US 'forced labor' allegations in Xinjiang nothing but imperial projection

https://www.globaltimes.cn/page/202207/1269641.shtml

I'm reading "The Avoidable War" by Kevin Rudd (former Prime Minister of Australia, China scholar fluent in Mandarin, currently head of the Asia Society), which is about China's policies and goals, and how to (as the title says), avoid war. For years, he has been immersed in the minutiae of China's policies, media, and government actions.

As it happens, just last night I came across his description of the "Global Times", which takes the role of "bad cop" for China's Communist Party, but is not a "government" voice. He notes that it's "authorized to deliver hard-line messages to foreign countries that the government and the party won't." (p. 208)

"Global Times" is propaganda, and not even propaganda which even tries to appear factual.  It preaches to the "true believers".

There are citations to factual reports which you should have referred to before deciding to recommend that article.

The Global Times may very well be a propaganda site, but the points made about forced labor in the U.S. strike me as pretty accurate. It's part of the disgraceful fact of our huge prison population.


drummerboy said:

The Global Times may very well be a propaganda site, but the points made about forced labor in the U.S. strike me as pretty accurate. It's part of the disgraceful fact of our huge prison population.

But that's not the point.  A "whatabout" is still a "whatabout", no matter how accurate the description is of the "whatabout".


nohero said:

drummerboy said:

The Global Times may very well be a propaganda site, but the points made about forced labor in the U.S. strike me as pretty accurate. It's part of the disgraceful fact of our huge prison population.

But that's not the point.  A "whatabout" is still a "whatabout", no matter how accurate the description is of the "whatabout".

Is it whatabout-ism, or is it simply calling out hypocrisy on the part of the U.S.?


drummerboy said:

nohero said:

drummerboy said:

The Global Times may very well be a propaganda site, but the points made about forced labor in the U.S. strike me as pretty accurate. It's part of the disgraceful fact of our huge prison population.

But that's not the point.  A "whatabout" is still a "whatabout", no matter how accurate the description is of the "whatabout".

Is it whatabout-ism, or is it simply calling out hypocrisy on the part of the U.S.?

Seriously, no. They're freakin' concentration camps in China, where people are imprisoned for the "crime" of being not Han or being Muslim, or both.


nohero said:

nan said:

US 'forced labor' allegations in Xinjiang nothing but imperial projection

https://www.globaltimes.cn/page/202207/1269641.shtml

I'm reading "The Avoidable War" by Kevin Rudd (former Prime Minister of Australia, China scholar fluent in Mandarin, currently head of the Asia Society), which is about China's policies and goals, and how to (as the title says), avoid war. For years, he has been immersed in the minutiae of China's policies, media, and government actions.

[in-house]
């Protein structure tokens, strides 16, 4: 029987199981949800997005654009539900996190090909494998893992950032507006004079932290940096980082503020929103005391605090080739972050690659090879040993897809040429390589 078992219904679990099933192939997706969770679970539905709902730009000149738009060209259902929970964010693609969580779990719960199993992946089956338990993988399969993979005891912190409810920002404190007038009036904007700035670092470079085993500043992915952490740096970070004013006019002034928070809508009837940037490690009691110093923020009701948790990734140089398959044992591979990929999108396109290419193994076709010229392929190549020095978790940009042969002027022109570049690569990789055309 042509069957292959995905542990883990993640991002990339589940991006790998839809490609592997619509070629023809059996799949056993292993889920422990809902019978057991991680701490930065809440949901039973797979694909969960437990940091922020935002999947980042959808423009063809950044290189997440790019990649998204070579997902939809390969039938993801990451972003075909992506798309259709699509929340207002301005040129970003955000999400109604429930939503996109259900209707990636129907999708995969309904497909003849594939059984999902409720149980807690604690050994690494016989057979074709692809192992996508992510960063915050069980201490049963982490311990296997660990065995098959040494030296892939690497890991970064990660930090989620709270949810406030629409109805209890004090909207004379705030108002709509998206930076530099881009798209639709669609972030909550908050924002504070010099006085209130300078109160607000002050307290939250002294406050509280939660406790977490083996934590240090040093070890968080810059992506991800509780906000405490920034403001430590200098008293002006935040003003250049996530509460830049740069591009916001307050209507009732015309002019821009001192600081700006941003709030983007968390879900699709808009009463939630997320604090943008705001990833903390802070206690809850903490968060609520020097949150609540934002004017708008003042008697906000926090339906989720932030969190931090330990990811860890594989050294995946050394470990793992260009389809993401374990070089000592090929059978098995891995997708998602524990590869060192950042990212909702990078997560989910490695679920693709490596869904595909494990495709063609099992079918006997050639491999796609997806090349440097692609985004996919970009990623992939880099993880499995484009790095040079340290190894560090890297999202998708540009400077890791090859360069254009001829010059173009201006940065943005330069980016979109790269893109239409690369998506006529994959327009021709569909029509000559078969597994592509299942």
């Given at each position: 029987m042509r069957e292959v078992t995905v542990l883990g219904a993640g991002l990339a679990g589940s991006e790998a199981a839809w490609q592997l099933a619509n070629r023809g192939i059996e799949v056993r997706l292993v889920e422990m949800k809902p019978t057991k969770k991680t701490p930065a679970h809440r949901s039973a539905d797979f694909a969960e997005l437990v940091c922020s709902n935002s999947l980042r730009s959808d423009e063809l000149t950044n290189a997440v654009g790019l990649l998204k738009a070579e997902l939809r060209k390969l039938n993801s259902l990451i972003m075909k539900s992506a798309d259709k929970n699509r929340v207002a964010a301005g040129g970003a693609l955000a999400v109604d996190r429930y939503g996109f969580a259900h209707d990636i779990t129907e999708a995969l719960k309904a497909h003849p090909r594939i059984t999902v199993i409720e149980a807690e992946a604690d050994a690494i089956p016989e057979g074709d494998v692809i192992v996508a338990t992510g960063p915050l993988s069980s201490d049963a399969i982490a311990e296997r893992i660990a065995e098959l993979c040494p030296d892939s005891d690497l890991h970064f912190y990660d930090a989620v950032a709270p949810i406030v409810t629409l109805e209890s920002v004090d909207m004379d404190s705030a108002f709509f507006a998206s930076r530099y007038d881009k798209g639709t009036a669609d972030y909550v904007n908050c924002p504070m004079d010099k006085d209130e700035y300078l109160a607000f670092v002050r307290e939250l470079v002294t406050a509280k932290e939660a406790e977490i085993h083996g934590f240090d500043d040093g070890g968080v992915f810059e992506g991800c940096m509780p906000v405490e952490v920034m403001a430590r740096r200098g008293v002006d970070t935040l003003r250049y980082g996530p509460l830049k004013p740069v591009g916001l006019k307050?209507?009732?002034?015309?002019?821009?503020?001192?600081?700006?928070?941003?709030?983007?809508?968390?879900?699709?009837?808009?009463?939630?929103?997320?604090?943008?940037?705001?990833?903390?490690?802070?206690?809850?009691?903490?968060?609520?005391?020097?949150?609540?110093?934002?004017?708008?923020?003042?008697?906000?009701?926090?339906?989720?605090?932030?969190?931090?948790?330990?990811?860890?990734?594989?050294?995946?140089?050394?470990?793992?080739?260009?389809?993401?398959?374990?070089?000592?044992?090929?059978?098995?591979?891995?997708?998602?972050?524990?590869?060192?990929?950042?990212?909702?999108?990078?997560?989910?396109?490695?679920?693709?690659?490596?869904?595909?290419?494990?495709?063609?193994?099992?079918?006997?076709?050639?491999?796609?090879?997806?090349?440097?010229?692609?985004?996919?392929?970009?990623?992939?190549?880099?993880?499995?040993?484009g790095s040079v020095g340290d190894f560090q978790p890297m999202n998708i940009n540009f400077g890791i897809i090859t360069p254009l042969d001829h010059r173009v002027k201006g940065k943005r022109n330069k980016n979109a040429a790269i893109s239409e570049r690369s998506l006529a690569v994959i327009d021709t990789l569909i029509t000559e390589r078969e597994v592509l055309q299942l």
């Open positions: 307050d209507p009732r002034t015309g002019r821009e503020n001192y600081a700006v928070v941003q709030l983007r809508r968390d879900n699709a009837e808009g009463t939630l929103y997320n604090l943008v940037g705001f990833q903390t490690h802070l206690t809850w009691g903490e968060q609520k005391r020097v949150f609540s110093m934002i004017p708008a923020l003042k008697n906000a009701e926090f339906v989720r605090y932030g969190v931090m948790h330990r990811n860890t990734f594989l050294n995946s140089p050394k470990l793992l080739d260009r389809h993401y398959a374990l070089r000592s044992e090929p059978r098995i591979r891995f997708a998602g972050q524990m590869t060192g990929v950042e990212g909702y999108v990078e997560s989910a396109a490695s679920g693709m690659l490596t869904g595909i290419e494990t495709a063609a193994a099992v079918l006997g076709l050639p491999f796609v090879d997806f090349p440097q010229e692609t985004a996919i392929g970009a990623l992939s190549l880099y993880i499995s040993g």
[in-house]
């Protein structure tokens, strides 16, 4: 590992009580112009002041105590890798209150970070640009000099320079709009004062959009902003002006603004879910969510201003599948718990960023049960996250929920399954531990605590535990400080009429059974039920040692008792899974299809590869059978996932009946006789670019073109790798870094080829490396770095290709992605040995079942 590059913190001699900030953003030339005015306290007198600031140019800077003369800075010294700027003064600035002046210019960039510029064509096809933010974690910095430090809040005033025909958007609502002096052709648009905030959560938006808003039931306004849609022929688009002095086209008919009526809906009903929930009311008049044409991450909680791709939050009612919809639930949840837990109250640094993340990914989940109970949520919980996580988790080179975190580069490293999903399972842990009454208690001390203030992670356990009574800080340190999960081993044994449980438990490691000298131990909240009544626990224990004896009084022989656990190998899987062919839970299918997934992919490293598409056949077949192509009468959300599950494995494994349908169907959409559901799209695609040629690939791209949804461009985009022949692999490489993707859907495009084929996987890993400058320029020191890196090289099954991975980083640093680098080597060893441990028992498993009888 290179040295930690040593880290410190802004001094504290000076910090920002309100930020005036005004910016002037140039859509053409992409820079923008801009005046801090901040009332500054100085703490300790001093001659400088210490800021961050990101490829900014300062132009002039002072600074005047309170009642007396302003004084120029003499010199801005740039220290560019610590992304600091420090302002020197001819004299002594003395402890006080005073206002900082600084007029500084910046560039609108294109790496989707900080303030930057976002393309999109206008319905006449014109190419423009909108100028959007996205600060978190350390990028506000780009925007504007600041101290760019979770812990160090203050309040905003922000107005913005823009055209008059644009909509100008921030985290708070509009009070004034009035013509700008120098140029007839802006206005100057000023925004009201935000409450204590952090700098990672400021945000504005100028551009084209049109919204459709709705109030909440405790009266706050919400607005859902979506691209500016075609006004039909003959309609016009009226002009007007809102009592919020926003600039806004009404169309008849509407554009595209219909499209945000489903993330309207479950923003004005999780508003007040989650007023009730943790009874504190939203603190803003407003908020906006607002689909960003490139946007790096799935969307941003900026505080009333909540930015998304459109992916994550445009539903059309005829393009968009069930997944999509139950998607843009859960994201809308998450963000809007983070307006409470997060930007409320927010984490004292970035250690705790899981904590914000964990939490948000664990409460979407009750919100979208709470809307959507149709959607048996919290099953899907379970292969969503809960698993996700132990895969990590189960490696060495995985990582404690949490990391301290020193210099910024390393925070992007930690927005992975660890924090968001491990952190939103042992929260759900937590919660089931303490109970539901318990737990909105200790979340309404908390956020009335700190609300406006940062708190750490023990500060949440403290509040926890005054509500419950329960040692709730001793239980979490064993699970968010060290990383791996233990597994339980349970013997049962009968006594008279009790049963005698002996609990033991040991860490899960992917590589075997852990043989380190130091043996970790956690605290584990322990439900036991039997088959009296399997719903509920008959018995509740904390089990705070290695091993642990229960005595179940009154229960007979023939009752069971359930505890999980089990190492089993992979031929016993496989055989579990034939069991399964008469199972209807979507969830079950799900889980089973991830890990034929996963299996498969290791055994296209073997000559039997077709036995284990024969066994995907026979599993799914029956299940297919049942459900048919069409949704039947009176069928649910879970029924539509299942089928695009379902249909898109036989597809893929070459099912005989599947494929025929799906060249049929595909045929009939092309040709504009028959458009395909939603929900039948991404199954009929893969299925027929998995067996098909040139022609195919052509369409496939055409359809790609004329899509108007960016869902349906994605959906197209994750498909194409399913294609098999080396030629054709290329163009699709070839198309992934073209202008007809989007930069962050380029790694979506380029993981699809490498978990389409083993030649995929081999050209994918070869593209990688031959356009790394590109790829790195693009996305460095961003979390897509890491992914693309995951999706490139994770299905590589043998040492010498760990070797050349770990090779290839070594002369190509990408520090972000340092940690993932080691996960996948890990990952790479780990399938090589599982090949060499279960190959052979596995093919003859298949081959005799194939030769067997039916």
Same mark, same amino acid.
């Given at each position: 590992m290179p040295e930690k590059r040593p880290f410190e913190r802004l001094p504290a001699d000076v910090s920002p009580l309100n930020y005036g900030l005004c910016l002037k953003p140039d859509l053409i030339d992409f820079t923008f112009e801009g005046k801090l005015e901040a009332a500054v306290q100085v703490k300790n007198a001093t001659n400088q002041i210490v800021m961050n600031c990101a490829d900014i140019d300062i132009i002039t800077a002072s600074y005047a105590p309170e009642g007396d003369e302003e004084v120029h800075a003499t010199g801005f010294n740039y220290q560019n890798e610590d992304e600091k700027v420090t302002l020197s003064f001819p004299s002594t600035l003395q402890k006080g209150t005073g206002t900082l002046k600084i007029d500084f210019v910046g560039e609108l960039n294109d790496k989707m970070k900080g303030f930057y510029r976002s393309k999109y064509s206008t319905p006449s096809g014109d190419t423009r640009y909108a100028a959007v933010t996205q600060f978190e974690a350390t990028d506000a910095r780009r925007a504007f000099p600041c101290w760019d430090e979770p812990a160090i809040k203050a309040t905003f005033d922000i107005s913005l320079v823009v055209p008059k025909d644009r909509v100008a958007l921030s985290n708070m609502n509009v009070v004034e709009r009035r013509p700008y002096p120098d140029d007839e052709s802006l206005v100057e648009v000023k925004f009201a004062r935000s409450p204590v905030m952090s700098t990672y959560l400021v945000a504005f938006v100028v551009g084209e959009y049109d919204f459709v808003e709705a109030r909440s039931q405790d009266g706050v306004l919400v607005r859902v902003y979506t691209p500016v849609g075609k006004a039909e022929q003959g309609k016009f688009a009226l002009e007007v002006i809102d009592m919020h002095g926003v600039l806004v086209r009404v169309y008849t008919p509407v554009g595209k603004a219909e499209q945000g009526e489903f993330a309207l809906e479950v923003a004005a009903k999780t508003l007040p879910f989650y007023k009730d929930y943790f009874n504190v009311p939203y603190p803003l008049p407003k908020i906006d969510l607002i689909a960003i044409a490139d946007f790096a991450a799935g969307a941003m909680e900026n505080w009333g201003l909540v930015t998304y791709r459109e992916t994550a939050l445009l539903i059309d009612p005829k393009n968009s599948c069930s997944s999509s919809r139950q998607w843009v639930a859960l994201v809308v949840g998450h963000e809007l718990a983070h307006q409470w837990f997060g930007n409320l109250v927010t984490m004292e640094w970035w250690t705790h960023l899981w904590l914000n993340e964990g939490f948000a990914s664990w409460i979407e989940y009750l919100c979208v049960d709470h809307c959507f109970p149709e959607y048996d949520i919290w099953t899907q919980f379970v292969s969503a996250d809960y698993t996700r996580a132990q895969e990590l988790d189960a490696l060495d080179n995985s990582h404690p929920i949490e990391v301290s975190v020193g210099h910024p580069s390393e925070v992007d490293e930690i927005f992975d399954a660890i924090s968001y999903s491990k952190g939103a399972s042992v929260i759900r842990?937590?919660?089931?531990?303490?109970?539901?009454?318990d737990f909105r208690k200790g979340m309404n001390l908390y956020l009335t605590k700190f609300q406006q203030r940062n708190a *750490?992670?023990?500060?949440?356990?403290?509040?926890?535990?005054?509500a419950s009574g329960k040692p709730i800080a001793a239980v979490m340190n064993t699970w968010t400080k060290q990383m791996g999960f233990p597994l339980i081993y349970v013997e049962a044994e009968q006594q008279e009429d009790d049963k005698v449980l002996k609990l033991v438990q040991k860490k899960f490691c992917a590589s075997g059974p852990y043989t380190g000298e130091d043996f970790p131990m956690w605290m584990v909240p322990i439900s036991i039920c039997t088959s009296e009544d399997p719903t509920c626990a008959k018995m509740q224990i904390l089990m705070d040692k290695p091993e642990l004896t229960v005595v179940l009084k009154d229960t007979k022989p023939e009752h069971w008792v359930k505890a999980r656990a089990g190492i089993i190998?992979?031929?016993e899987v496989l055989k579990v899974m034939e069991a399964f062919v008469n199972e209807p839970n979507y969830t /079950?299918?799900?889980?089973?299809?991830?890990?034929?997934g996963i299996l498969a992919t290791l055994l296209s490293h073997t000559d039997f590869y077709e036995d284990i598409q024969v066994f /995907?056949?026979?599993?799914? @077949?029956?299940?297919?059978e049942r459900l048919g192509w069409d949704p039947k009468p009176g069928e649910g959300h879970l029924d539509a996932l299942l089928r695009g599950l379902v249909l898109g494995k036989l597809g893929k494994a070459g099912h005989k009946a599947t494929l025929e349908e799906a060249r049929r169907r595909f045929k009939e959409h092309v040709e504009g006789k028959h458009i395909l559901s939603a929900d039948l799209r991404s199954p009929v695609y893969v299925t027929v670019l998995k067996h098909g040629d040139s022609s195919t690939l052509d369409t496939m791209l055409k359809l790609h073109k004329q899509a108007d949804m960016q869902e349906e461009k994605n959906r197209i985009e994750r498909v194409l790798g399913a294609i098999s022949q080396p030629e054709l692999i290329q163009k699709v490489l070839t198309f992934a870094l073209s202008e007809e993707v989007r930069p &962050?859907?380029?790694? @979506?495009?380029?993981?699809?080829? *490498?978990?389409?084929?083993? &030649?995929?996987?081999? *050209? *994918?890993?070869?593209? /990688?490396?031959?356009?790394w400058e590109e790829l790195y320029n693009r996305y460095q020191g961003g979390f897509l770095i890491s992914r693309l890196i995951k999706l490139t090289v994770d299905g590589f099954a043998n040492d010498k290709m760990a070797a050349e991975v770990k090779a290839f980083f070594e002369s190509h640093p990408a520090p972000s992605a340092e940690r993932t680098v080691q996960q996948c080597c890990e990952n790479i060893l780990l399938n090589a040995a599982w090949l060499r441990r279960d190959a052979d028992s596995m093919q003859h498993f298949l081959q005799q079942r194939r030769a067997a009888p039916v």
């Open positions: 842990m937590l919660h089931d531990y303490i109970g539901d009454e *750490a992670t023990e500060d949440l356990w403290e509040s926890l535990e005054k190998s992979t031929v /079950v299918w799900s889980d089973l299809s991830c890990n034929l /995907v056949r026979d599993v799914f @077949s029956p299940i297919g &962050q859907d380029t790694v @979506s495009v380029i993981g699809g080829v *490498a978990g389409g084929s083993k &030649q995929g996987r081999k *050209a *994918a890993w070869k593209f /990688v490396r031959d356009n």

As it happens, just last night I came across his description of the "Global Times", which takes the role of "bad cop" for China's Communist Party, but is not a "government" voice. He notes that it's "authorized to deliver hard-line messages to foreign countries that the government and the party won't." (p. 208)

"Global Times" is propaganda, and not even propaganda which even tries to appear factual.  It preaches to the "true believers".

There are citations to factual reports which you should have referred to before deciding to recommend that article.

I can't speak for the Global Times, but Danny Haiphong, the author of this article is a noted and respectable journalist.  He has great integrity and does not write propaganda. I have followed him for several years and he writes on many political topics.  If the other journalists who contribute to this publication are like Danny, then you are full of beans. 


I only cited a noted expert, but in any event -

nan said:

I can't speak for the Global Times, but Danny Haiphong, the author of this article is a noted and respectable journalist.  He has great integrity and does not write propaganda. ...

Source?


nohero said:

drummerboy said:

nohero said:

drummerboy said:

The Global Times may very well be a propaganda site, but the points made about forced labor in the U.S. strike me as pretty accurate. It's part of the disgraceful fact of our huge prison population.

But that's not the point.  A "whatabout" is still a "whatabout", no matter how accurate the description is of the "whatabout".

Is it whatabout-ism, or is it simply calling out hypocrisy on the part of the U.S.?

Seriously, no. They're freakin' concentration camps in China, where people are imprisoned for the "crime" of being not Han or being Muslim, or both.

and one could very easily make the argument, given our system's wild sentencing disparities, that we imprison people because they're black.